Table of Contents
ISRN Surgery
Volume 2012 (2012), Article ID 652345, 6 pages
Clinical Study

Stapled Transanal Rectal Resection for the Surgical Treatment of Obstructed Defecation Syndrome Associated with Rectocele and Rectal Intussusception

1Department of General Surgery, Ain Shams University, Cairo, Egypt
2Department of Obstetrics and Gynecology, AL-Azhar University, Cairo, Egypt

Received 9 December 2011; Accepted 19 January 2012

Academic Editors: A. H. Al-Salem, A. Halevy, and A. Petroianu

Copyright © 2012 Hesham M. Hasan and Hani M. Hasan. This is an open access article distributed under the Creative Commons Attribution License, that permits unrestricted use, distribution, and reproduction in any medium, provided the original work is properly cited.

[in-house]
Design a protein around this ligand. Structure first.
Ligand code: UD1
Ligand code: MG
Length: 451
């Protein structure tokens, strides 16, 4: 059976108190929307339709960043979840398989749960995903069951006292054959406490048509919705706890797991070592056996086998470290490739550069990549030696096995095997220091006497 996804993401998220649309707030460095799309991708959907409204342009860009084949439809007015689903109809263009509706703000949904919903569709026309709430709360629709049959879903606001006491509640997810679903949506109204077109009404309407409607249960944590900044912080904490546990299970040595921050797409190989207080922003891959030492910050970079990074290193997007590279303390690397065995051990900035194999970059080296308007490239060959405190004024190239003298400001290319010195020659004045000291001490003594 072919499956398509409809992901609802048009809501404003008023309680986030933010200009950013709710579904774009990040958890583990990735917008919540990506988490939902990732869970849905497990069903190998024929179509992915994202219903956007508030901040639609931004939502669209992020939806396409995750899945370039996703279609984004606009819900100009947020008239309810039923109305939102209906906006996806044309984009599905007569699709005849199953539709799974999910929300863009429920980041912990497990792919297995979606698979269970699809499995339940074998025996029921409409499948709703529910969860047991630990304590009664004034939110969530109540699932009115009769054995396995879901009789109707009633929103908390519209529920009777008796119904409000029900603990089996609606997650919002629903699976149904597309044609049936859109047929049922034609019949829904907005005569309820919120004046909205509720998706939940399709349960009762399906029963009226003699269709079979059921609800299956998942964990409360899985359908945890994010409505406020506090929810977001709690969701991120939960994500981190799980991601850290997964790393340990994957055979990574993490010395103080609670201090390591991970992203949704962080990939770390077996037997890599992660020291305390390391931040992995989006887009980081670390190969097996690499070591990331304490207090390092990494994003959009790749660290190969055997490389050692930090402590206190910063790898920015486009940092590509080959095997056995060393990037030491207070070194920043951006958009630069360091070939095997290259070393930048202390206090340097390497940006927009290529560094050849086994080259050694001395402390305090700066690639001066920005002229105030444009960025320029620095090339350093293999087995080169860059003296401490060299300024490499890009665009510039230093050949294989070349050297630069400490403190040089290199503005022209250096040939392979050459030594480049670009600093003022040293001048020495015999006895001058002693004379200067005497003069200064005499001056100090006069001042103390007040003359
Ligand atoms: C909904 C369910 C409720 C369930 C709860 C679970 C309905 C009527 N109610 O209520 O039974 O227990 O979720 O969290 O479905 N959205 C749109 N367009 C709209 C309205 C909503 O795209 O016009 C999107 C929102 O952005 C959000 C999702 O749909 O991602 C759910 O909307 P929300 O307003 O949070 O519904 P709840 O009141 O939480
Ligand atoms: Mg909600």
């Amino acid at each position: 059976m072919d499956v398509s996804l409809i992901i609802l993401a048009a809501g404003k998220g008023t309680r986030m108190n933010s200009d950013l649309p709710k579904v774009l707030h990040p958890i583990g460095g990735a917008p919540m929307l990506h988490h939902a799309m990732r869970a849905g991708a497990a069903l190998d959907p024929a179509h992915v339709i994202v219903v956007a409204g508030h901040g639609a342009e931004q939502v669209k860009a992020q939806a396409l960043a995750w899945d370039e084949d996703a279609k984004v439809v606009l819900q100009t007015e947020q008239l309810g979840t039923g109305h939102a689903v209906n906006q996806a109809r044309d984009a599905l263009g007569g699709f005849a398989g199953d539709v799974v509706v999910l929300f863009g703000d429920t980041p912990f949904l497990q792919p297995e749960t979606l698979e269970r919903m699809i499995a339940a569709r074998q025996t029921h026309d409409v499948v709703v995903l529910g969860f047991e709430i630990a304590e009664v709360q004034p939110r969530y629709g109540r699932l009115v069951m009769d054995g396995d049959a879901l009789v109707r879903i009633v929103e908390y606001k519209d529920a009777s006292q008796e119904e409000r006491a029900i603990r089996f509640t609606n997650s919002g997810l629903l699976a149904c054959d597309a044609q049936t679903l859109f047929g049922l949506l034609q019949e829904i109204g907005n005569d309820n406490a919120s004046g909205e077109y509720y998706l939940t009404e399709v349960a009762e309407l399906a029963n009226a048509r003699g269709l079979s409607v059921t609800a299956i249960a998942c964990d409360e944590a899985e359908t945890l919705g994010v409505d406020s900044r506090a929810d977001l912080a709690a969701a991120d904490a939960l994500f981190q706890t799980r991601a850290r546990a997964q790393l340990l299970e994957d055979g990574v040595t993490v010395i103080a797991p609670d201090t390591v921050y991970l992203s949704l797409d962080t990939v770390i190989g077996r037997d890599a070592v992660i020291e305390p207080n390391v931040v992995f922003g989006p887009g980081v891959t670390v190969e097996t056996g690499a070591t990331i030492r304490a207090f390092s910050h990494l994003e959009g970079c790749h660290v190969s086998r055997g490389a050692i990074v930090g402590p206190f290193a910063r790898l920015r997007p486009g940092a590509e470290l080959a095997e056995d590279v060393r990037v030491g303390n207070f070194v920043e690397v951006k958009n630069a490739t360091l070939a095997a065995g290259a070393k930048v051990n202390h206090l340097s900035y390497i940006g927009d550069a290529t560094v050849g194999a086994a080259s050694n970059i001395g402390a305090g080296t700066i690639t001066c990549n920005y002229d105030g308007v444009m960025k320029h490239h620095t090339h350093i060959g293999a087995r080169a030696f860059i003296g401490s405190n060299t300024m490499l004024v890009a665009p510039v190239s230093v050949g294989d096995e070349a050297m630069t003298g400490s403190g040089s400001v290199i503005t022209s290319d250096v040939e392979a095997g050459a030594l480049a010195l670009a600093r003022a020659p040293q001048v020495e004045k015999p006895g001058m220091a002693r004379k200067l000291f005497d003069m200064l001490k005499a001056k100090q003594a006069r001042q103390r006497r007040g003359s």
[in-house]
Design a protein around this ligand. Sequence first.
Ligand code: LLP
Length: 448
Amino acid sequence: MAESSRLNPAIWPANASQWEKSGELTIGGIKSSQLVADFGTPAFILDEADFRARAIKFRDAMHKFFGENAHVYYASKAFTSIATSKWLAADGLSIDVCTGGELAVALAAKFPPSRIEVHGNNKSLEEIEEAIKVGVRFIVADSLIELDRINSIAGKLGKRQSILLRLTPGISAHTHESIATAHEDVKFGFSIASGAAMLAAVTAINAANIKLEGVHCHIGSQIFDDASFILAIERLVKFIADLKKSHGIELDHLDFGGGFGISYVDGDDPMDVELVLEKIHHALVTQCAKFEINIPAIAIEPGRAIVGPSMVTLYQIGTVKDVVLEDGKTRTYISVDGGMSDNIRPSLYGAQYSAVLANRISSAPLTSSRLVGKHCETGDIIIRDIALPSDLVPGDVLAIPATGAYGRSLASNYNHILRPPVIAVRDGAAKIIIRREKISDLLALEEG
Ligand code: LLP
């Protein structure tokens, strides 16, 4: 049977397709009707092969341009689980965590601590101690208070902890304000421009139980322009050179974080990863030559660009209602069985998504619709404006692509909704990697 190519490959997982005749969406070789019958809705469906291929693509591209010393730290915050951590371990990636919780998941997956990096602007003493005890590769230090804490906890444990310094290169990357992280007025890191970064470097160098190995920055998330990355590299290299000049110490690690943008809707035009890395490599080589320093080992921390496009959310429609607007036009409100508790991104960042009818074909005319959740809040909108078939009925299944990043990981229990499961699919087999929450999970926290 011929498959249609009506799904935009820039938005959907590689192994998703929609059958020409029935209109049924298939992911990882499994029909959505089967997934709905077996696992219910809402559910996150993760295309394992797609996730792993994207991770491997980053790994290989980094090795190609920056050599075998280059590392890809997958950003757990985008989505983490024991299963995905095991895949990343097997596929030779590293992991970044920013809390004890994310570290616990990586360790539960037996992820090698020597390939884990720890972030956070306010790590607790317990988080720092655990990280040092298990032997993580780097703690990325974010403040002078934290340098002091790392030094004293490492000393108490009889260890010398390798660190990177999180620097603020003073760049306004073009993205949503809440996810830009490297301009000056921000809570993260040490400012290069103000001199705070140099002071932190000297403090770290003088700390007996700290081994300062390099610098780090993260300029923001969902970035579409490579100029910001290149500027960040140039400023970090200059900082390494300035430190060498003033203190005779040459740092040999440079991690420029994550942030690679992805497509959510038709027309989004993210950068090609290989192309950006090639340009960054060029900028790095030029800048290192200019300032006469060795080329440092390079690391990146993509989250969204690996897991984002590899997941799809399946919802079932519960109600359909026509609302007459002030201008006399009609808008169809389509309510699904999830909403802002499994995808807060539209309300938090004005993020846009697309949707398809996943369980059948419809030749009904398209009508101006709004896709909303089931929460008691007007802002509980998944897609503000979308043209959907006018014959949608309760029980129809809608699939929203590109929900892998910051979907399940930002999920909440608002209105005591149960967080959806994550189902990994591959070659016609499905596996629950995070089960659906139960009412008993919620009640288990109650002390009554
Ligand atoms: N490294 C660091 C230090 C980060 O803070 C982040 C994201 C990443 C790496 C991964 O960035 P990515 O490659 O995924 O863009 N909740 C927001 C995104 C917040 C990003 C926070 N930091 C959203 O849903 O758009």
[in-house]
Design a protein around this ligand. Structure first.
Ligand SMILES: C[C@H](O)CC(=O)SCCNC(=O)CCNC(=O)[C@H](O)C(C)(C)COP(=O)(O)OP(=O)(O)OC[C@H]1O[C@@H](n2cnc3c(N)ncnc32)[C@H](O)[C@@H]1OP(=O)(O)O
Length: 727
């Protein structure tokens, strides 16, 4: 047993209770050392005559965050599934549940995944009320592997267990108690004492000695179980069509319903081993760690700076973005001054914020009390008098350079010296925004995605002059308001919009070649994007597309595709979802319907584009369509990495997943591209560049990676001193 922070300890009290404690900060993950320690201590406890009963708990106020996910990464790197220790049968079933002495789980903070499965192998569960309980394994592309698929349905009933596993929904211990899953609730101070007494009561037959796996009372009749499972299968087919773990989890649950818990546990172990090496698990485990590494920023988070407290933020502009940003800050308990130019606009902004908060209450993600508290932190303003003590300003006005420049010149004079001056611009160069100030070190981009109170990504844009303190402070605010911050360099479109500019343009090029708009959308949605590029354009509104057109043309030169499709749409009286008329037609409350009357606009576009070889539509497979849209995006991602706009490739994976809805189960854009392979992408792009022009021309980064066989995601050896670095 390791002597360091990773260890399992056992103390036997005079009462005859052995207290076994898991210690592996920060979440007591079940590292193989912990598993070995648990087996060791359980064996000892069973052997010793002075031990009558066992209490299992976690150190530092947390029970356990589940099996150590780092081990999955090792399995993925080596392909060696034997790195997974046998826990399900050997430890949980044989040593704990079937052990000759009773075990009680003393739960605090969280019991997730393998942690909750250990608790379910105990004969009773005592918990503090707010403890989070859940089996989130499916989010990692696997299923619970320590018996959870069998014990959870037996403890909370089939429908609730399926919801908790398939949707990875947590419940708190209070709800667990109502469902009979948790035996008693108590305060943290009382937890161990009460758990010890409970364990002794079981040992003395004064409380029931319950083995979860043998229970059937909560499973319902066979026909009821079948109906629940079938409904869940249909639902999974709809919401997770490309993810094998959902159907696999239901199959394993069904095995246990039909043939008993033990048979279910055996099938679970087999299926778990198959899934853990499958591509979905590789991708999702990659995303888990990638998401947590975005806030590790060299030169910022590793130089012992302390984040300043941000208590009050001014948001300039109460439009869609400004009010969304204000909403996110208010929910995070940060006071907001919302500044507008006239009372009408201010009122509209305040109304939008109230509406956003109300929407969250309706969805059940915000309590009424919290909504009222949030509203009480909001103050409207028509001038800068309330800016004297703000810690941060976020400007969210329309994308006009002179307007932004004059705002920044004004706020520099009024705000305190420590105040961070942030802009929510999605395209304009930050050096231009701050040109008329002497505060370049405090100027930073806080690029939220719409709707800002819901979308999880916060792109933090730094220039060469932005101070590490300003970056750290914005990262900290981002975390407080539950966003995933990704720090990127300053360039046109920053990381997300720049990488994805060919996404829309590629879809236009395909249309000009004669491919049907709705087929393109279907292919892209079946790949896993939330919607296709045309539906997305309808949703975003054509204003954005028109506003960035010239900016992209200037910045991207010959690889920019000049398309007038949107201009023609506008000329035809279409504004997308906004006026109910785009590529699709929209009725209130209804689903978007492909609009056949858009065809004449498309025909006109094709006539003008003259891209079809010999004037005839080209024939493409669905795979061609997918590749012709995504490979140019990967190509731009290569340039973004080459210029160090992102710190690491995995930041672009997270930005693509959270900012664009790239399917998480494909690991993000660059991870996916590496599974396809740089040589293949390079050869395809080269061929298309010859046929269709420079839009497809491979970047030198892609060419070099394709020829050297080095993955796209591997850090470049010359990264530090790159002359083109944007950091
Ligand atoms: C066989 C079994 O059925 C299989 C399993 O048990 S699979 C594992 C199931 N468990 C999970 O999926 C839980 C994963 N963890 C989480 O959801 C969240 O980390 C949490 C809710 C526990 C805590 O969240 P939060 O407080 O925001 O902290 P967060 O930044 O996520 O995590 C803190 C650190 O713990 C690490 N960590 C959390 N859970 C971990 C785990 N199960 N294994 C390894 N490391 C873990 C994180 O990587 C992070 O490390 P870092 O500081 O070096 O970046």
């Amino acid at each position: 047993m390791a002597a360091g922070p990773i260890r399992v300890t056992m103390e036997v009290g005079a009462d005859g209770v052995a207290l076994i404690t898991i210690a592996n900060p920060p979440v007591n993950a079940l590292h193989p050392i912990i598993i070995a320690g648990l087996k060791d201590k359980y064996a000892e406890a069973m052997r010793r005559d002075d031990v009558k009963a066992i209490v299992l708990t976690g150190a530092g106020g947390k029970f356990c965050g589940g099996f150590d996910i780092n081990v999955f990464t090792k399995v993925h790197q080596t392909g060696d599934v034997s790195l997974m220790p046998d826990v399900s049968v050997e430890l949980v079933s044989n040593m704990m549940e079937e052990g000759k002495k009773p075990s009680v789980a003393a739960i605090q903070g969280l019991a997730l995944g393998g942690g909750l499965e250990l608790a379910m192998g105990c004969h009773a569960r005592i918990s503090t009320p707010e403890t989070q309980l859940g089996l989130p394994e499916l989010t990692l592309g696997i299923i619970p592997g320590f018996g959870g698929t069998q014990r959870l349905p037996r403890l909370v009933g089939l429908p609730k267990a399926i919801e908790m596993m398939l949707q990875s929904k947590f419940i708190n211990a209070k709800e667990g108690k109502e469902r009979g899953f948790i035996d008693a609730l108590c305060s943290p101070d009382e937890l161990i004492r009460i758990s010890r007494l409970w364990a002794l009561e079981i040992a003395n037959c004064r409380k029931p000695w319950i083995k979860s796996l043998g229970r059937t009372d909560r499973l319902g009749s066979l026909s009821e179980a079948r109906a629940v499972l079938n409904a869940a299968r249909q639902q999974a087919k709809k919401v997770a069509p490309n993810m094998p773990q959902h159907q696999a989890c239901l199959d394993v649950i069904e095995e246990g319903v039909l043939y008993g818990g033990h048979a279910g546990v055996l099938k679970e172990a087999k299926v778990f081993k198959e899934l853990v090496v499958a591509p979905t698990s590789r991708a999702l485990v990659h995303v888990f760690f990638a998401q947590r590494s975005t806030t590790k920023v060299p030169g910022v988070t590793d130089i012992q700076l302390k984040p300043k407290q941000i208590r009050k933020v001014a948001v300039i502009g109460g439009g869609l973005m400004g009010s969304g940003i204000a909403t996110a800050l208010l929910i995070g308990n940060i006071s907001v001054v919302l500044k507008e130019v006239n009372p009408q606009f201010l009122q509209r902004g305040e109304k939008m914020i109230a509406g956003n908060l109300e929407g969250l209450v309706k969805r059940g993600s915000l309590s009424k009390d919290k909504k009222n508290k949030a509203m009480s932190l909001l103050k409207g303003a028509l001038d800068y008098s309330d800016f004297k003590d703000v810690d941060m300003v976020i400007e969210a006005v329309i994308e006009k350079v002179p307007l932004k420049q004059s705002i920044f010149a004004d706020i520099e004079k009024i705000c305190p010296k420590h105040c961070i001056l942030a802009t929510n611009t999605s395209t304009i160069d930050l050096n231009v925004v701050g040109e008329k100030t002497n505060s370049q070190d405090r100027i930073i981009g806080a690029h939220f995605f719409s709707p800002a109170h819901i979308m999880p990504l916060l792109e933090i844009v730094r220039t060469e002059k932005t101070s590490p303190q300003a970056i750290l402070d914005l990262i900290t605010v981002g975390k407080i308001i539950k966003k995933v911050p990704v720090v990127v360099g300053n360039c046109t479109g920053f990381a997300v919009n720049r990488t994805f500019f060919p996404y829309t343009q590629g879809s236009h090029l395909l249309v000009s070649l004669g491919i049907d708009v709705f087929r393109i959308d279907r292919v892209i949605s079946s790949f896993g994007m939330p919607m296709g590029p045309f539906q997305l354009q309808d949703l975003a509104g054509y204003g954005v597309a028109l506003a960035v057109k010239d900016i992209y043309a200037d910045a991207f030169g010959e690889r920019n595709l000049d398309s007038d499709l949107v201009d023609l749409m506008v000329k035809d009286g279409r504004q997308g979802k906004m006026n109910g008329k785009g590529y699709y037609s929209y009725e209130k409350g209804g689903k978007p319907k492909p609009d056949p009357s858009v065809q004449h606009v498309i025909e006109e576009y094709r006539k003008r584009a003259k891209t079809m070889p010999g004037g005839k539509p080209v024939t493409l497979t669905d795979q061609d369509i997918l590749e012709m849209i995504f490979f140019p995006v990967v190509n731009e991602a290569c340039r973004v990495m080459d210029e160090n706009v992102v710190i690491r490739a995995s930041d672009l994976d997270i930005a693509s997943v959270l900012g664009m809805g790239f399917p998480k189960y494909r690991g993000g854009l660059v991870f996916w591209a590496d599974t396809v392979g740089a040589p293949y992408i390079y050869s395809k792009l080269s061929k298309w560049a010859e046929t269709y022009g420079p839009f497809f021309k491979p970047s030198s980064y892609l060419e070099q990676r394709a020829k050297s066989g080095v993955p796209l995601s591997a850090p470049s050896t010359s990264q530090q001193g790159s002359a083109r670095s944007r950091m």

Obstructed defecation syndrome (ODS) is one of the most widespread clinical problems which frequently affects middle-aged females. There is a new surgical technique called stapled transanal rectal resection (STARR) that makes it possible to remove the anorectal mucosa circumferential and reinforce the anterior anorectal junction wall with the use of a circular stapler. This surgical technique developed by Antonio Longo was proposed as an effective alternative for the treatment of ODS. In this study we present our preliminary results with the STARR operation for the treatment of ODS. For this purpose, 40 consecutive female patients with ODS due to rectal intussusception (RI) and/or rectocele (RE) were recruited in this prospective clinical study, from May 2008 to October 2010. No major operative or postoperative complications were recorded, and after 12-month follow-up, significant improvement in the ODS score system was observed, and the symptoms of constipation improved in 90% of patients; 20% of patients judged their final clinical outcome as excellent, 55% as good, and 15% as moderate, with only 10% having poor results. After analyzing our results we can conclude that STARR is an effective and safe procedure for the treatment of obstructed defecation syndrome due to rectal intussusception and/or rectocele and can be performed safely without major morbidity.